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Home » Podcast » Crespi d'Adda village: history, how to get there and what to see. Let the podcast tell you about it E-VAI!

The Village of Crespi d'Adda is certainly the most important testimony in Italy to the phenomenon of workers' villages: it constituted one of the most complete and original creations in the world and has been preserved perfectly intact - keeping its urban and architectural aspect almost intact. Crespi d'Adda is an authentic model of an ideal city; a very interesting, almost perfect, self-sufficient microcosm where the lives of the employees, together with those of their families and the entire community, revolved - in an ideal plan of order and harmony - around the factory; a garden city on a human scale, on the border between the rural world and the industrial world.

Do you want to hear about it and have a laugh with the adventures of Alfonso and Emanuela's friendly family? Listen to the episode on the podcast E-VAI!

Crespi d'Adda village: how to get there

How to get there, with E-VAI, it's very easy: just rent a car E-VAI in one of the over 150 stations in Lombardy, the electric charging will be complete and included in the price.

Once you jump aboard E-VAI, from the A4 Turin-Trieste motorway, take the Capriate San Gervasio exit in the province of Bergamo. After passing the motorway toll booth, you come across a roundabout and you must take the third exit. Immediately afterwards you arrive at another roundabout where you take the first exit on the right with signs for Trezzo sull'Adda and Milan. You reach a traffic light: turn left onto via Crespi. Continuing along a descent with the indication of the start of Crespi d'Adda.

Crespi d'Adda village: history of the Crespi brothers

The architect of this village was two brothers, entrepreneurial geniuses, Cristoforo and Benigno Crespi: their initial idea was to find the ideal place to create a textile factory capable of producing the best cotton in the entire world.

The spark came in the mid-800th century, when Christopher went to Manchester, where he saw the first factory-cities, in which workers livedevano and they worked in the same place: small towns dedicated entirely to work as an integral part of life.

With decidedly clearer ideas, Cristoforo returned to Italy with the intention of replicating the model, while offering a dignified, peaceful and serene life for the people who every day, for many years, exchanged the 8 hours around which it revolved for money. their day.

The first step was to build the factory, making the 85 hectares of the municipalities of Capriate San Gervasio and Canonica D'adda its own and delegating the architectural construction to Ernesto Pirovano and Pietro Brunati.

The earth was there, but two other elements were missing, which would have been able to close the fire triangle and start the combustion: a watercourse and manpower.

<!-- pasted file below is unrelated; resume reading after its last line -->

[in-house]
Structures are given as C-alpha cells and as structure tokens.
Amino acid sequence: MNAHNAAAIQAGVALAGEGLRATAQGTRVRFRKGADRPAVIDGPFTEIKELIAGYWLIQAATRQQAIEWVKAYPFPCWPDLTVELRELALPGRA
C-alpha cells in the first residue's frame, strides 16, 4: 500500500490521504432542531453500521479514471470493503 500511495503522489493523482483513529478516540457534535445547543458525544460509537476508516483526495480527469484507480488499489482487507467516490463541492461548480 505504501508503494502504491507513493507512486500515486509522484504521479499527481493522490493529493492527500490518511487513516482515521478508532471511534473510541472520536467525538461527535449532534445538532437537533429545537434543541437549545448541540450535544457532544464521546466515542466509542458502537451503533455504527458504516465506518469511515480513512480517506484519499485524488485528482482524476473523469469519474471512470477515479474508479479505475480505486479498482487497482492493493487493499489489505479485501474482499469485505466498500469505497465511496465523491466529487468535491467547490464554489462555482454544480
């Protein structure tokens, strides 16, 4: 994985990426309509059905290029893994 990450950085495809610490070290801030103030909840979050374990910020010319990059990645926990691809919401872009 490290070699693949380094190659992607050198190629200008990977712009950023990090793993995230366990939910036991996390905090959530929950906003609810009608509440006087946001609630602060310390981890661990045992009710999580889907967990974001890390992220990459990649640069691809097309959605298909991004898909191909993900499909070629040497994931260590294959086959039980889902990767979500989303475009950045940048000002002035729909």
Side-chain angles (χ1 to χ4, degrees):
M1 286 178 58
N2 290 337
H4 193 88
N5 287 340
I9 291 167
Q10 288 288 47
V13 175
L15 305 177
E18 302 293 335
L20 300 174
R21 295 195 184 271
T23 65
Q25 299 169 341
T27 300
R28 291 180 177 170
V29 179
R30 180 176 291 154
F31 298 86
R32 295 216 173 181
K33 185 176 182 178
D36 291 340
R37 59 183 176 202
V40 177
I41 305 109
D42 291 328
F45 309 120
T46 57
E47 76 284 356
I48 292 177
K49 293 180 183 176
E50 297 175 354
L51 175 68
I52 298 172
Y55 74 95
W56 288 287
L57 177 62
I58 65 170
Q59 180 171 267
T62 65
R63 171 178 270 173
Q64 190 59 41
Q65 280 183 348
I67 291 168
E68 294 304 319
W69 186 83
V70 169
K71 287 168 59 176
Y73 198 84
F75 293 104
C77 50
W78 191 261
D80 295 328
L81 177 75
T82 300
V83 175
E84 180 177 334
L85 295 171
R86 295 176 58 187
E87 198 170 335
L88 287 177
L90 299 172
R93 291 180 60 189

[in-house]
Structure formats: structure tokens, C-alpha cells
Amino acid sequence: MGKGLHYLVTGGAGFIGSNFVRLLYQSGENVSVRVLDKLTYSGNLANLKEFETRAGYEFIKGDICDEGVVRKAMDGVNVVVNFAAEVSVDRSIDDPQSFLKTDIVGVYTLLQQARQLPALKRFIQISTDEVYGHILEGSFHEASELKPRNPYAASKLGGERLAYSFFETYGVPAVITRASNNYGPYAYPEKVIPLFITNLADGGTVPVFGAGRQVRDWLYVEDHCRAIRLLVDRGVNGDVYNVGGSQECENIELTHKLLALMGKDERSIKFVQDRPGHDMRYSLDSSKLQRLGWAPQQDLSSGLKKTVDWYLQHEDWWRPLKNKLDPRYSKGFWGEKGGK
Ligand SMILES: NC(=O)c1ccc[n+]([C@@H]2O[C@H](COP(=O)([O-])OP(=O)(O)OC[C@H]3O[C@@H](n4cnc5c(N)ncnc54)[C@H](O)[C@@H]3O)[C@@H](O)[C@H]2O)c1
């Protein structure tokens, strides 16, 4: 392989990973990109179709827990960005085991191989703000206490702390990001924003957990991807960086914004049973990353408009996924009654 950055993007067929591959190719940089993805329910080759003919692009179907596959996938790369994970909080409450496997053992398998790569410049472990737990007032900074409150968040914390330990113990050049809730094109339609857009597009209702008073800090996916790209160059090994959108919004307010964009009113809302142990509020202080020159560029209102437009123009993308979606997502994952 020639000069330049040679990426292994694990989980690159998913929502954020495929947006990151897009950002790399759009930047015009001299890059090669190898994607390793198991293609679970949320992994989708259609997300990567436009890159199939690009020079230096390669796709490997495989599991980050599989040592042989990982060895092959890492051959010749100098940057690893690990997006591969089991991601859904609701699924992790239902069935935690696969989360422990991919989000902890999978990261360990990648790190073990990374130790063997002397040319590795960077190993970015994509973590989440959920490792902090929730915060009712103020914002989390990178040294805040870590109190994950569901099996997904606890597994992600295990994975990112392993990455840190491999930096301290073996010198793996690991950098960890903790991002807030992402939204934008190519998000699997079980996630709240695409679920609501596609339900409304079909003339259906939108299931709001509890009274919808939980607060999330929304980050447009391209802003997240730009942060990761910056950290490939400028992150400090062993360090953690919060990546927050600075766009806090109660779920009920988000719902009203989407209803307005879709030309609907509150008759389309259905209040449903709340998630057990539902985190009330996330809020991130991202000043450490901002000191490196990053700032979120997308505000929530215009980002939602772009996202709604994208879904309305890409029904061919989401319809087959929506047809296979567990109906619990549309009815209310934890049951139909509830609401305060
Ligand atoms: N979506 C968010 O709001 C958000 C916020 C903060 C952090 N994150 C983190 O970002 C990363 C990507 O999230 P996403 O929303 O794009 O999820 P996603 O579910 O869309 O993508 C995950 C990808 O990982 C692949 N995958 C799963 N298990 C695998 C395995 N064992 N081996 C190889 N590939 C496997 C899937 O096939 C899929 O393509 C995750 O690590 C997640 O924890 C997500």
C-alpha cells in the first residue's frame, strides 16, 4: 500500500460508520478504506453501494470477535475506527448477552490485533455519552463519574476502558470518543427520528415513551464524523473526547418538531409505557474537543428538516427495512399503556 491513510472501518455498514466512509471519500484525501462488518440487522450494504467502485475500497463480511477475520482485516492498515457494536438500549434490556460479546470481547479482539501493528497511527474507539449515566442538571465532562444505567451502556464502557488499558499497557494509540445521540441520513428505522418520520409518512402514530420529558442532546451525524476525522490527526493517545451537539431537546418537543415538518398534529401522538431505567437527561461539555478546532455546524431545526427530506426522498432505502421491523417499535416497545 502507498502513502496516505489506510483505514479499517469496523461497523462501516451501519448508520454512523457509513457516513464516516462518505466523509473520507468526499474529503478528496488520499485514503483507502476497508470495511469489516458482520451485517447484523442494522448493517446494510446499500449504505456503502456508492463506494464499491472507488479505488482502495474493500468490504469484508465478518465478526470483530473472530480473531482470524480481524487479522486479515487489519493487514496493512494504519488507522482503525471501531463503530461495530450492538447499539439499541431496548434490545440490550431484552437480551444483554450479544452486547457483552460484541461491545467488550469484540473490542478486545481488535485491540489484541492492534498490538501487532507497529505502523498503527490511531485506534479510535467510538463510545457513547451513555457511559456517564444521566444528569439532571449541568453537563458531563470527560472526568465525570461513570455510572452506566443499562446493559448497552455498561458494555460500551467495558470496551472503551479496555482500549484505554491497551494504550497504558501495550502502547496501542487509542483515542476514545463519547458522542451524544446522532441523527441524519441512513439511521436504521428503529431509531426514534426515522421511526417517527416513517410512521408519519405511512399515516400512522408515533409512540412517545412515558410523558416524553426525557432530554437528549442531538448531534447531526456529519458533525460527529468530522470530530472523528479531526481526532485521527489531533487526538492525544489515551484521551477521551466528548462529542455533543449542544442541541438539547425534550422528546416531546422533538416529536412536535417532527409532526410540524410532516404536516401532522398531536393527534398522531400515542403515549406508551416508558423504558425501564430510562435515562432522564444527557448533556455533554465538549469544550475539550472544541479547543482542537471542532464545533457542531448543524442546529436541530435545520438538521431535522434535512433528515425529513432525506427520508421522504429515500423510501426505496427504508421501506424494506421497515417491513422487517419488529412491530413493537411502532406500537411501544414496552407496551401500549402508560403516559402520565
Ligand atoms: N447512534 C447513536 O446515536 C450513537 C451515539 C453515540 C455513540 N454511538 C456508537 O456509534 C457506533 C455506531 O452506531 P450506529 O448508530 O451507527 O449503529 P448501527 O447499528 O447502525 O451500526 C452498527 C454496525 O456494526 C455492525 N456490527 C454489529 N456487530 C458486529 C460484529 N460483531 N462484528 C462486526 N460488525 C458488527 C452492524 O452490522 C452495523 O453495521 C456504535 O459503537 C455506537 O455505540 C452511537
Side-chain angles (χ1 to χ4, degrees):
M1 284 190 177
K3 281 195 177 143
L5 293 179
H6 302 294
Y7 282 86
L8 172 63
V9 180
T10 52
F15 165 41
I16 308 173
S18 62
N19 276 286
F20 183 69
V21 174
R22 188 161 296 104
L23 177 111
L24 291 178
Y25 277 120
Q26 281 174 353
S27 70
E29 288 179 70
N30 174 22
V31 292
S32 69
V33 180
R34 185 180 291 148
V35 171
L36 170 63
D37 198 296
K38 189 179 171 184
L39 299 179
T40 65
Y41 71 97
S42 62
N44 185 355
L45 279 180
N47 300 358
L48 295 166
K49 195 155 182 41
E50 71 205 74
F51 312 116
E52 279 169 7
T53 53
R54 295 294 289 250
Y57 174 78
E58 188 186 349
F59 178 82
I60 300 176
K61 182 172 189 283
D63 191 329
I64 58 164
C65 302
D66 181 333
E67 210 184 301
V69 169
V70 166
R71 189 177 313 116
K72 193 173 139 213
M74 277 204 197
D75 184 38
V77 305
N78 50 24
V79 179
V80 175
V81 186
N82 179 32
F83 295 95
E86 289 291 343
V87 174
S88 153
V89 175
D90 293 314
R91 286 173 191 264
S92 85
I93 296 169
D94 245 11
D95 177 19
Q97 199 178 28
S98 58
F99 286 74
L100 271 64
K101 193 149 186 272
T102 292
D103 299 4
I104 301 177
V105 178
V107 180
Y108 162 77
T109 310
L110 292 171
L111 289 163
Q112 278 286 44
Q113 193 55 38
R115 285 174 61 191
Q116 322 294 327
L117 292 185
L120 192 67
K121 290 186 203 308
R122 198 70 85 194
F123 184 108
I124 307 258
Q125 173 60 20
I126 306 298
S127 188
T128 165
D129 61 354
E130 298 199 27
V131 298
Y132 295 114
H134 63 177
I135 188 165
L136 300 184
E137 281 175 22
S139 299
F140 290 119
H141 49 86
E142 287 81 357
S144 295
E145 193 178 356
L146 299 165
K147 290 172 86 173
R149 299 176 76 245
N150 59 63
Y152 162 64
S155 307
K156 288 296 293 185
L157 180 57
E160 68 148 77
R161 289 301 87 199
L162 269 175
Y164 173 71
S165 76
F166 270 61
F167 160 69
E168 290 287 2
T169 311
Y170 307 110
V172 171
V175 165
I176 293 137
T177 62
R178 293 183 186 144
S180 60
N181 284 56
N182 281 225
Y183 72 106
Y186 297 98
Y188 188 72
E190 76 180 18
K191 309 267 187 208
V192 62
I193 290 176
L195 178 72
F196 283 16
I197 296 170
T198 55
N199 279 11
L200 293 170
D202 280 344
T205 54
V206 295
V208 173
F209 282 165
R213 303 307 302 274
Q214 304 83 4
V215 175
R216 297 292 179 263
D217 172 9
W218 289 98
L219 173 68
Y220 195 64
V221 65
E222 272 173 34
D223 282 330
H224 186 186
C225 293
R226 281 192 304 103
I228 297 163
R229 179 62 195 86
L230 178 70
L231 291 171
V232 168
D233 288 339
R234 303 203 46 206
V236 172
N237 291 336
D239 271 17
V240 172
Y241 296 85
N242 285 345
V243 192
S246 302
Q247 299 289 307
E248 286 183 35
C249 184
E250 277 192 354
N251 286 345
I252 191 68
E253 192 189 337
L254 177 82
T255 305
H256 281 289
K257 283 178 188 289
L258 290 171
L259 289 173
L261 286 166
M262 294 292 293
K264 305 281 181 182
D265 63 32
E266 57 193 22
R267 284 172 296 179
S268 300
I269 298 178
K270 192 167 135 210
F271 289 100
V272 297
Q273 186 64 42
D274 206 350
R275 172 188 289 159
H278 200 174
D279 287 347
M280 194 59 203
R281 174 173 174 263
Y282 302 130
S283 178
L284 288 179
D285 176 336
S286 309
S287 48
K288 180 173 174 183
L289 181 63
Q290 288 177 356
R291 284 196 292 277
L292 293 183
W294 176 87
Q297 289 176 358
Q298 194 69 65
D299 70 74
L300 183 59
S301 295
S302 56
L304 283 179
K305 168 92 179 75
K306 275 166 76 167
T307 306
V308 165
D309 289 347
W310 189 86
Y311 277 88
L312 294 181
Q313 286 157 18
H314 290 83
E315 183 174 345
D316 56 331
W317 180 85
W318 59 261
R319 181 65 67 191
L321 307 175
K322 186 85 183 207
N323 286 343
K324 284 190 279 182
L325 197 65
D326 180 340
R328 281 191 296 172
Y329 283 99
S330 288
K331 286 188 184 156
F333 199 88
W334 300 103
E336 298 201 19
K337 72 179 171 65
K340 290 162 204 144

For the first there were no major problems: the land was gently resting on the left bank of the Adda, essential for the generation of hydromechanical energy, first, and then hydroelectric, to make the factory work. At the same time, in the immediate vicinity, another very important waterway, the Martesana canal, proved essential as a means of moving the goods leaving the factory.

If the waterways were available, it was not so easy to find the right workers.

Cristoforo promised people more comfortable living conditions, an adequate salary and services that were decidedly more competitive than all the other businesses in the area.

Create a workers' village where families canevano to live close to their loved ones who, every day, went to the factory which was a few tens of meters away from their home.

Thus was born a complete, self-contained and almost self-sufficient model in which the worker is able to find anything to lead a normal life without being forced to leave the boundaries created ad hoc by Cristoforo Crespi: houses, churches, schools, cemetery, hospital, trattorias, shops... there was everything a person from the early and mid-900th century could ever ask for.

The idea was born in Christopher's head in 1876, grew until 1920, when the village took on its definitive form, but remained operational at full capacity only until 1929. 50 years in which history was made, but which failed to gain a lot of traction to defend itself both from the strength of the Lira, which did not help exports to foreign customers, and obviously from the famous 1929, a disastrous year for the economy of the whole world.

The work continued with great difficulties, but in 1952 the company was placed under controlled administration. In the following 20 years, an alternation of owners began who, however, failed to achieve the success they deserved: over the years the Rossari and Varzi factories followed one another, the Legler family with their Denim production and finally, in 1989 the company ended to the Polli Group.